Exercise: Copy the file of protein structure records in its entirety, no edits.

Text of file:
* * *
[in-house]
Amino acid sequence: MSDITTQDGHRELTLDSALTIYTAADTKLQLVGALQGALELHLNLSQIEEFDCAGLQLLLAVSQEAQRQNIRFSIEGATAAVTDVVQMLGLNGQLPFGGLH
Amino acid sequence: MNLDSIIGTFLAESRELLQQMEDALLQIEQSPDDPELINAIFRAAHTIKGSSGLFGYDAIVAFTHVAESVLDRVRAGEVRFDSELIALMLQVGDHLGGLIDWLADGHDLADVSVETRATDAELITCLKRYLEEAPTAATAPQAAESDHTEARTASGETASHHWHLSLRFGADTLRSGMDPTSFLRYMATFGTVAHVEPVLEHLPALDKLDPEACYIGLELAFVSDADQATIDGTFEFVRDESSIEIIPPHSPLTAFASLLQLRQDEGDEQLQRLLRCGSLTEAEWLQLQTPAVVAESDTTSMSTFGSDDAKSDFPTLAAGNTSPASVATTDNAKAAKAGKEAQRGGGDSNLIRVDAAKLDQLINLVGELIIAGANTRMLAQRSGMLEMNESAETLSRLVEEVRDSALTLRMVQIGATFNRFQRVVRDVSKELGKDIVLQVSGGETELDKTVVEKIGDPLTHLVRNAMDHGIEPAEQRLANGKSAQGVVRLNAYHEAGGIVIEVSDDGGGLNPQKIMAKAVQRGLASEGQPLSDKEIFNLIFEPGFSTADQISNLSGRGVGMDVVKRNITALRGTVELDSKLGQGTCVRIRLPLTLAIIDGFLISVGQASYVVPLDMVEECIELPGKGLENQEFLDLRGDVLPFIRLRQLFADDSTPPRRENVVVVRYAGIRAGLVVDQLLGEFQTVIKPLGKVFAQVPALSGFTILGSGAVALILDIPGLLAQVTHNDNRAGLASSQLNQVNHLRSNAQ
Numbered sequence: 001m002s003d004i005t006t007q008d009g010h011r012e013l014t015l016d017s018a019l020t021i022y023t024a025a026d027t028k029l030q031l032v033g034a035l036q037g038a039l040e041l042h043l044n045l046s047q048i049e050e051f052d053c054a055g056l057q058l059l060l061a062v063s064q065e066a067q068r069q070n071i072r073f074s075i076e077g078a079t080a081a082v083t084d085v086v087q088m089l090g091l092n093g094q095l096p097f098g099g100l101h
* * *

[in-house]
Amino acid sequence: MSDITTQDGHRELTLDSALTIYTAADTKLQLVGALQGALELHLNLSQIEEFDCAGLQLLLAVSQEAQRQNIRFSIEGATAAVTDVVQMLGLNGQLPFGGLH
Amino acid sequence: MNLDSIIGTFLAESRELLQQMEDALLQIEQSPDDPELINAIFRAAHTIKGSSGLFGYDAIVAFTHVAESVLDRVRAGEVRFDSELIALMLQVGDHLGGLIDWLADGHDLADVSVETRATDAELITCLKRYLEEAPTAATAPQAAESDHTEARTASGETASHHWHLSLRFGADTLRSGMDPTSFLRYMATFGTVAHVEPVLEHLPALDKLDPEACYIGLELAFVSDADQATIDGTFEFVRDESSIEIIPPHSPLTAFASLLQLRQDEGDEQLQRLLRCGSLTEAEWLQLQTPAVVAESDTTSMSTFGSDDAKSDFPTLAAGNTSPASVATTDNAKAAKAGKEAQRGGGDSNLIRVDAAKLDQLINLVGELIIAGANTRMLAQRSGMLEMNESAETLSRLVEEVRDSALTLRMVQIGATFNRFQRVVRDVSKELGKDIVLQVSGGETELDKTVVEKIGDPLTHLVRNAMDHGIEPAEQRLANGKSAQGVVRLNAYHEAGGIVIEVSDDGGGLNPQKIMAKAVQRGLASEGQPLSDKEIFNLIFEPGFSTADQISNLSGRGVGMDVVKRNITALRGTVELDSKLGQGTCVRIRLPLTLAIIDGFLISVGQASYVVPLDMVEECIELPGKGLENQEFLDLRGDVLPFIRLRQLFADDSTPPRRENVVVVRYAGIRAGLVVDQLLGEFQTVIKPLGKVFAQVPALSGFTILGSGAVALILDIPGLLAQVTHNDNRAGLASSQLNQVNHLRSNAQ
Numbered sequence: 001m002s003d004i005t006t007q008d009g010h011r012e013l014t015l016d017s018a019l020t021i022y023t024a025a026d027t028k029l030q031l032v033g034a035l036q037g038a039l040e041l042h043l044n045l046s047q048i049e050e051f052d053c054a055g056l057q058l059l060l061a062v063s064q065e066a067q068r069q070n071i072r073f074s075i076e077g078a079t080a081a082v083t084d085v086v087q088m089l090g091l092n093g094q095l096p097f098g099g100l101h